Henry Cavill as Geralt and Joey Batey as Jaskier the Bard in Netflix's The Witcher

Netflix Gives Us the Jaskier Trailer We Deserve for Behind-the-Scenes Special Making The Witcher 

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Netflix knows what we want—and what we want is more Jaskier the Bard from their smash-hit series The Witcher. Joey Batey’s indefatigable songbird was a breakout fan favorite, and now to promote a new 30-minute Netflix special, Making The Witcher, Netflix has given us the gift of “Jaskier’s Unofficial and Unauthorized Trailer.”

The actual Making The Witcher is on Netflix as we speak, and offers a comprehensive behind-the-scenes look at how the show came together. Interviews with the stars, showrunner Lauren Schmidt Hissrich, writers, directors, and other creatives spliced with footage old and new lay down the process of adapting Polish author Andrzej Sapkowski’s sprawling fantasy world for the screen. The mini-doc is interesting and entertaining for fans of the show, as we eagerly await more Witcher content. (The second season, which had gone into production in February, was shuttered by the pandemic, delaying our witchy gratification.)

Proving that the folks at The Witcher and at Netflix know their fans, they let Geralt’s self-declared best friend and propagandist Jaskier hijack the whole thing for a tongue-in-cheek promo.

The voice-over hams it up for us. “He puts the lute in absolute talent,” we’re told, over images of Jaskier, the rest of the cast of characters, and Batey enjoying himself on set.

In the special itself, Batey shares a heartfelt story about panicking during the audition process because he was so excited about the character. He even asked his sister to take a look at Jaskier, “and her response was, ‘Joey, are we in a dream that you’re having? Because this is so perfect.'”

The Netflix special is chock-full of all kinds of Witcher lore and show-making process. I found it fascinating to see how much the creators hewed to the property’s importance in Polish pop culture, and the Polish influence overall. At one point showrunner Schmidt Hissrich discussed the strong female characters in Geralt’s orbit with Sapkowski:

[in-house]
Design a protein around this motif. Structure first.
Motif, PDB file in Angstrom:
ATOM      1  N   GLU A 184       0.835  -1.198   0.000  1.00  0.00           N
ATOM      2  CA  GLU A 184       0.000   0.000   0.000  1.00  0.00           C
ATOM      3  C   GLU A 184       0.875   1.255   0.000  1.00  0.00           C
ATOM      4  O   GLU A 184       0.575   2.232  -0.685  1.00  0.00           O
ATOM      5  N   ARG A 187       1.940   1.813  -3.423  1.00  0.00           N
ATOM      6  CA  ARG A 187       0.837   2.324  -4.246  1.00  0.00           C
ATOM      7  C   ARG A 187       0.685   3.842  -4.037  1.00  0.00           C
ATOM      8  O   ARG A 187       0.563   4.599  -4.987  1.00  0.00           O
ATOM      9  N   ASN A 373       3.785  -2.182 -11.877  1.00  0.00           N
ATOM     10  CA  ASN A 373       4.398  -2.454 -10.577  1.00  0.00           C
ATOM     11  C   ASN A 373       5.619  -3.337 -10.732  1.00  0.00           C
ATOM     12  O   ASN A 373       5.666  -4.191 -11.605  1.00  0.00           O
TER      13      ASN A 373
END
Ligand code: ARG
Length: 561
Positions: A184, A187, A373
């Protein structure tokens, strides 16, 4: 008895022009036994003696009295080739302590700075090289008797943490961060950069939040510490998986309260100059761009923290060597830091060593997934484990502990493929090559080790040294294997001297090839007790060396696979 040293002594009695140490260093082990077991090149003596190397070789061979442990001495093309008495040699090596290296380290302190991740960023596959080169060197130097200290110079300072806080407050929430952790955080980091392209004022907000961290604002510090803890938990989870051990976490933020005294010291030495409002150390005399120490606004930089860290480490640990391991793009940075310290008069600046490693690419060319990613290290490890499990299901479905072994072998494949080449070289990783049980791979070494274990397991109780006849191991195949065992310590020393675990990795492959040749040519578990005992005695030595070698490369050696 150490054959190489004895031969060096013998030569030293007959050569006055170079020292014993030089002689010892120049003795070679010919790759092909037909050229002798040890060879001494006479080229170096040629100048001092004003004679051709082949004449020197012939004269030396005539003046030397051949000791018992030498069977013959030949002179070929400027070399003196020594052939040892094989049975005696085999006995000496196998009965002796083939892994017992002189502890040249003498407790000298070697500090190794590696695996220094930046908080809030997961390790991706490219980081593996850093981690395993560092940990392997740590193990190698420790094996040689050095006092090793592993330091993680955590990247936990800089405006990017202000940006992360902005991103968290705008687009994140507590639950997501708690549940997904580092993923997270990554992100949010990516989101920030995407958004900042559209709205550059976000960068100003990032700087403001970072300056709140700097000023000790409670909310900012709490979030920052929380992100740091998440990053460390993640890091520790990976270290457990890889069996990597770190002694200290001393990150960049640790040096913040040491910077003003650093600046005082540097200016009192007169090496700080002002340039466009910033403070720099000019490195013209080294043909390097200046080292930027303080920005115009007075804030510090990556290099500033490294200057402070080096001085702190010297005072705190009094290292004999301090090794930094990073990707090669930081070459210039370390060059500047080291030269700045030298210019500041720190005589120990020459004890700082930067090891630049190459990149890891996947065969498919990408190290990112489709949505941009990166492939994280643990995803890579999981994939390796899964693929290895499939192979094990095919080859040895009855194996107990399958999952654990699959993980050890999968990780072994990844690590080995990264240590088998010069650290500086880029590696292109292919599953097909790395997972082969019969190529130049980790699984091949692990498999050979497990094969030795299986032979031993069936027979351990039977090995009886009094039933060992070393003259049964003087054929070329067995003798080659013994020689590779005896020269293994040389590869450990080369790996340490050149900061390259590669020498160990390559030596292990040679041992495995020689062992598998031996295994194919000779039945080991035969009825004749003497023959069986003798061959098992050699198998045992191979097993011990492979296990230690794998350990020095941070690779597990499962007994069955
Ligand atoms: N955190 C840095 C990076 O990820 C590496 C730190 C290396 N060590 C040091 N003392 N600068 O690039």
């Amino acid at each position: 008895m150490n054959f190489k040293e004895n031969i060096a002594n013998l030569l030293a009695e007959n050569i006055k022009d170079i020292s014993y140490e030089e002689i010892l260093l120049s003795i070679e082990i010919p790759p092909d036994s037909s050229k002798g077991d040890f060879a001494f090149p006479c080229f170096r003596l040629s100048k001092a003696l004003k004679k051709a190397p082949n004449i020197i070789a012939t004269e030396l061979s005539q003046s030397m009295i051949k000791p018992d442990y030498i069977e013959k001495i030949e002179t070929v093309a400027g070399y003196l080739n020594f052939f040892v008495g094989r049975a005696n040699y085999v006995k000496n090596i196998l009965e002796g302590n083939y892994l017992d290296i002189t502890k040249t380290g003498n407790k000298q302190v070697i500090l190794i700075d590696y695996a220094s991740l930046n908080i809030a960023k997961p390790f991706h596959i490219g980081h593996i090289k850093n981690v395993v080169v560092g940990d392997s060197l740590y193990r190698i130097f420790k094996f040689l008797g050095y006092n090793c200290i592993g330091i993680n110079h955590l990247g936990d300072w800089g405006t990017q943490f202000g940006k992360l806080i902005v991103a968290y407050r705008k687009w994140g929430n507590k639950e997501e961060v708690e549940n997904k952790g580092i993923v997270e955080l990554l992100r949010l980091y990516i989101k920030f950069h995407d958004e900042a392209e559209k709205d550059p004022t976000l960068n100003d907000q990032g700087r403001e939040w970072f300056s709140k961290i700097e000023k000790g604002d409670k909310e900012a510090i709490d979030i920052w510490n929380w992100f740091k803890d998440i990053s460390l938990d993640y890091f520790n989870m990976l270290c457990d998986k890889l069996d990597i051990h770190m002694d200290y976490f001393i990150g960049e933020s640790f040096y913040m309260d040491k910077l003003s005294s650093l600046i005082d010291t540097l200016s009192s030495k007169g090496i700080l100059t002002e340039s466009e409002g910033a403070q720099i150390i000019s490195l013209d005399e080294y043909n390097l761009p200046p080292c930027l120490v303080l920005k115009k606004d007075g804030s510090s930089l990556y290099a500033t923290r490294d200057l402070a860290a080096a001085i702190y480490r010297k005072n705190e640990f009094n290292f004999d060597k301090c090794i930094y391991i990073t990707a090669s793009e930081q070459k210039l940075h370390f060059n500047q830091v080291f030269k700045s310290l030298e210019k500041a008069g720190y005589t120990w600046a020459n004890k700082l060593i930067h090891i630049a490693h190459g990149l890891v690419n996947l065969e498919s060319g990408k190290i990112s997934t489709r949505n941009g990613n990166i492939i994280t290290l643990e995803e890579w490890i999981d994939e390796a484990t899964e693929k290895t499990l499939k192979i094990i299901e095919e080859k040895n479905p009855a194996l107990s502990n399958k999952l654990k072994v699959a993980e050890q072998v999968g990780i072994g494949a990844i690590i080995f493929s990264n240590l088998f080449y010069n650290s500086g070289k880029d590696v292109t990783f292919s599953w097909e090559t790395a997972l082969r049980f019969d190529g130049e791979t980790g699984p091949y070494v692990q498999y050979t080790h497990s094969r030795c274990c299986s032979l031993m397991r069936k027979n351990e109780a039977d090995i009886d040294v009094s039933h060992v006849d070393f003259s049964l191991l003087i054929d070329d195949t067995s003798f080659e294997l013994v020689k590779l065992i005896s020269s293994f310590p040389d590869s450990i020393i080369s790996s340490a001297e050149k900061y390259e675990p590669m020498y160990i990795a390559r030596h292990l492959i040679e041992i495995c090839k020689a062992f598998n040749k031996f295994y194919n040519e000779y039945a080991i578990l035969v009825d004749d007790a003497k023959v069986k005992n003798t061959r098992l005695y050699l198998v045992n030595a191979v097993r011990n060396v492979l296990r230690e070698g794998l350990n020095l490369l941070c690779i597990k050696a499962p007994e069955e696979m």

“One of the things that most interested me is the women in the books,” Hissrich shared. “They’re very, very strong women that are surrounding Geralt, the protagonist. And I asked Andrzej, I said, ‘You know, for books written during the 80s, I’m really surprised the women are so strong.’ And he said to me, ‘You know, you’ve never met my mother, have you?’ His point was that for a nation that was so war-torn, had so much conflict, they lost a lot of their men in those conflicts—and women became quite the centers of communities, even the workplace, not just homes. That’s the spirit that Andrzej brought into these books. These characters are survivors.”

We go on to hear from Cavill, Batey, Freya Allan (Ciri), Anya Chalotra (Yennefer), Mimi Ndiweni (Fringilla), Adam Levy (Mousesack), MyAnna Buring (Tissaia), and other members of the cast. It’s especially fun to see Cavill, a longtime fan from playing The Witcher video games, nerd out about Geralt and his world. We also learn that Cavill is a “producer’s nightmare,” as he insists on doing all of his own stunts.

The special covers how the cast was chosen, how scenes and battles were shot, how monsters were made, costumes fashioned, and castles built. It features footage of the first season’s filming from new perspectives, and a whole lot more—including, of course, the now-epic earworm song “Toss a Coin to Your Witcher.” For a detailed look at what Making The Witcher has in store, you can check out a more official and authorized trailer here.

(Making The Witcher, image: Netflix)

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Kaila Hale-Stern
Kaila Hale-Stern (she/her) is a content director, editor, and writer who has been working in digital media for more than fifteen years. She started at TMS in 2016. She loves to write about TV—especially science fiction, fantasy, and mystery shows—and movies, with an emphasis on Marvel. Talk to her about fandom, queer representation, and Captain Kirk. Kaila has written for io9, Gizmodo, New York Magazine, The Awl, Wired, Cosmopolitan, and once published a Harlequin novel you'll never find.